Thanks to a break in the wet weather and a warmer than usual evening the Gnawa layla at Riad Zany was able to take place in perfect conditions. The rare chance to see the old-style Gnawa ritual performed in full was appreciated by both locals and visitors to Fez
As musicologist Christ Witulski explained to the guests, the musician, Malem Aziz wuld Ba Blan, is the sole remaining Gnawi here in Fez who exclusively performs the old local style of Gnawa music. The Gnawa use their music to repair relationships between people and saints or spirits. They move through a series of musical segments, each praising and welcoming a group of these spirits into the ritual space, inciting trance in adepts. The nature of these spirits is the subject of much heated debate, as practitioners and detractors locate them in local Islamic history or sub-Saharan devil worship, respectively. The possessing spirits, grouped and labeled by color, have preferences for specific incenses, songs, and even foods, making the event a sensory and spiritual journey during an evening.
For those who were unable to attend, here is a short photo essay to give you a taste of what was another wonderful musical event at Riad Zany.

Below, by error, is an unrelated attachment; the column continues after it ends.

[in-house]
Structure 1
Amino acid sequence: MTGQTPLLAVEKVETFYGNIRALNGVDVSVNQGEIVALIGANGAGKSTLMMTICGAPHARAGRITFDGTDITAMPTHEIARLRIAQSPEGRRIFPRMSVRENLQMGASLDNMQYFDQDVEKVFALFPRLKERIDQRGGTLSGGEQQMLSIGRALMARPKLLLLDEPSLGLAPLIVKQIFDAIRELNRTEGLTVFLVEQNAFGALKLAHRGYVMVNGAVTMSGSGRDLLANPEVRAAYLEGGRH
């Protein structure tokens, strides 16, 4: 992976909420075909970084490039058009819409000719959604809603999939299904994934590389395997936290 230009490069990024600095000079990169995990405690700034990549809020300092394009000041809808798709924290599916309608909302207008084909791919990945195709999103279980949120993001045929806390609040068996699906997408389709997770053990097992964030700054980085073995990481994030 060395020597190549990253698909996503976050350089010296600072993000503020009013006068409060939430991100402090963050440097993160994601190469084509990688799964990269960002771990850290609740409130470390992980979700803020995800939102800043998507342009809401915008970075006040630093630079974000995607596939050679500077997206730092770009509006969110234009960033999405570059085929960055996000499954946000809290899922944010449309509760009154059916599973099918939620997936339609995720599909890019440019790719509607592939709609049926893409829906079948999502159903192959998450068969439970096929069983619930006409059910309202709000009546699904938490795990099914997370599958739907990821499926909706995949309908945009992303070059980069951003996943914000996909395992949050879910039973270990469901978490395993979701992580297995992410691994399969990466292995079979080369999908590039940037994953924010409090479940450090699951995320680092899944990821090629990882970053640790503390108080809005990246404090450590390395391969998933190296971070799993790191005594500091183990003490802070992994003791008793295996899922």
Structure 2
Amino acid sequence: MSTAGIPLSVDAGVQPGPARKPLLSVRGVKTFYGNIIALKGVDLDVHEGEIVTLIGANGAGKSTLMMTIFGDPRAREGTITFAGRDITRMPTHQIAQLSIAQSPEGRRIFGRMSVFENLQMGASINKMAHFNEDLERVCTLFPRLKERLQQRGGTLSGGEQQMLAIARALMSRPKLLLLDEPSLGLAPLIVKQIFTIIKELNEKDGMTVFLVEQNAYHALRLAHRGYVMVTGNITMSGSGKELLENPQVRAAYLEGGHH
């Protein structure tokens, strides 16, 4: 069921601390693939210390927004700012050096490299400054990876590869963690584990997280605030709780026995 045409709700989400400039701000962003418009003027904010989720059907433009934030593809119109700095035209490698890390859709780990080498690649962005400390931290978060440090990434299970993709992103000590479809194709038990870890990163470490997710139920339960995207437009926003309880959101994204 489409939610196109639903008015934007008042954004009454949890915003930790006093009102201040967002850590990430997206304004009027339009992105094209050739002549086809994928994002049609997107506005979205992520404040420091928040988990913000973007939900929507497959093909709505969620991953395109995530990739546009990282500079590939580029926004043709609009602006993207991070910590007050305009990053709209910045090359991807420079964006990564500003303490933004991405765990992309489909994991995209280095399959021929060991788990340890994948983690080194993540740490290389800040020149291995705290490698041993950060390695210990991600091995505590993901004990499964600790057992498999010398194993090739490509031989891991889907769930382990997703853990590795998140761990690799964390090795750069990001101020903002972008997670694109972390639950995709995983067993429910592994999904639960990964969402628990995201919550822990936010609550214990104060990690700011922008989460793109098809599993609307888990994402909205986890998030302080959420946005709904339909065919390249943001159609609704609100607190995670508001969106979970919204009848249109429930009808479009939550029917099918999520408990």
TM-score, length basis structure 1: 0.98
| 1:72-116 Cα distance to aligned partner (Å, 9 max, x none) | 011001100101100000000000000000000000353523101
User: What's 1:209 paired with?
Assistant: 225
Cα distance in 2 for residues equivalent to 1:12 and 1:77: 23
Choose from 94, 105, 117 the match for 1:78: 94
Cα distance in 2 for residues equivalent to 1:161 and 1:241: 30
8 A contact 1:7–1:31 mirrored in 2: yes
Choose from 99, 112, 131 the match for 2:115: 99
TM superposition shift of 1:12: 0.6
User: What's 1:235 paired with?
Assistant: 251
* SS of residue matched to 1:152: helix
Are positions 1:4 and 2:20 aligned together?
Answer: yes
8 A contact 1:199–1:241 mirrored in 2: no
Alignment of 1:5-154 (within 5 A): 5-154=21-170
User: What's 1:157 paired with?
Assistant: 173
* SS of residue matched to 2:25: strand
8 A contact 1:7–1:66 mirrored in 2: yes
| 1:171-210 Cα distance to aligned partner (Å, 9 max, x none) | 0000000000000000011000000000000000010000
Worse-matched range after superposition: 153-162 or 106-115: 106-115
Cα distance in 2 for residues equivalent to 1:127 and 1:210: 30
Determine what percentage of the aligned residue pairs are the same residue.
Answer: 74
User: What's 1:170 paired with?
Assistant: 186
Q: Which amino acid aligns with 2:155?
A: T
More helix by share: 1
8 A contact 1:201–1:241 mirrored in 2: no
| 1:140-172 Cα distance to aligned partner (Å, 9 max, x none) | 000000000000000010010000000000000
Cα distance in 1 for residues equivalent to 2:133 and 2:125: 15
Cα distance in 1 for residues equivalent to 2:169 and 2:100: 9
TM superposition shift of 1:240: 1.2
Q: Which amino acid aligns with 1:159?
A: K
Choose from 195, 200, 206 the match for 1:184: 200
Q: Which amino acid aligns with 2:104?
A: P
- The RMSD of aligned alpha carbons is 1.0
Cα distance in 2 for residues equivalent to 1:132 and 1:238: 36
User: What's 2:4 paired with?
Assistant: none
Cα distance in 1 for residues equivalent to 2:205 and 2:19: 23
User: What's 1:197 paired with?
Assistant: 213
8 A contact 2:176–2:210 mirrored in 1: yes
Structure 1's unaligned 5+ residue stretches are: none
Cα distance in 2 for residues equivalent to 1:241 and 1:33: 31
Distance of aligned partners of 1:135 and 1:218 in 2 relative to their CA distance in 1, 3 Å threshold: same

|The group leader: Malem Aziz wuld Ba Blan (left)|
|Musicologist Chris Witulski explains the ritual to the audience|
As is the normal practice, the musicians gather in the street where they chant prayers and bless the milk and dates (stuffed with walnuts and sprinkled with rose water) as well as blessing the incense for the ritual.
|Sue Bail from Riad Rcif sprinkles rose water on the musicians as they enter the riad|
Once inside the riad, the music begins with a circumambulation of the fountain. At the same time the audience and guests are offered dates and milk as a form of welcome.
|During the ritual there are various "solo" dances such as the one|
balancing a full bowl on his head while dancing
|An older member of the group dances while burning himself with candles|
Because the ritual takes several hours to perform, there are breaks for min tea and cakes. The audience comprised a wide rang of age groups and nationalities. Present for this ritual were Argentinians, French, German, Dutch, American and Australian visitors as well as local residents and Moroccan families.
|And as usual, the evening ended with dancing|
The View from Fez would like to thank:
Malem Aziz wuld Ba Blan
Chris Witulski - Musiciologist
Phil Murphy - Musicologist
Rachida - Hostess and Couscous preparation
Sue Bail - Rose water and outdoor heating specialist
Photos: Suzanna Clarke, Sandy McCutcheon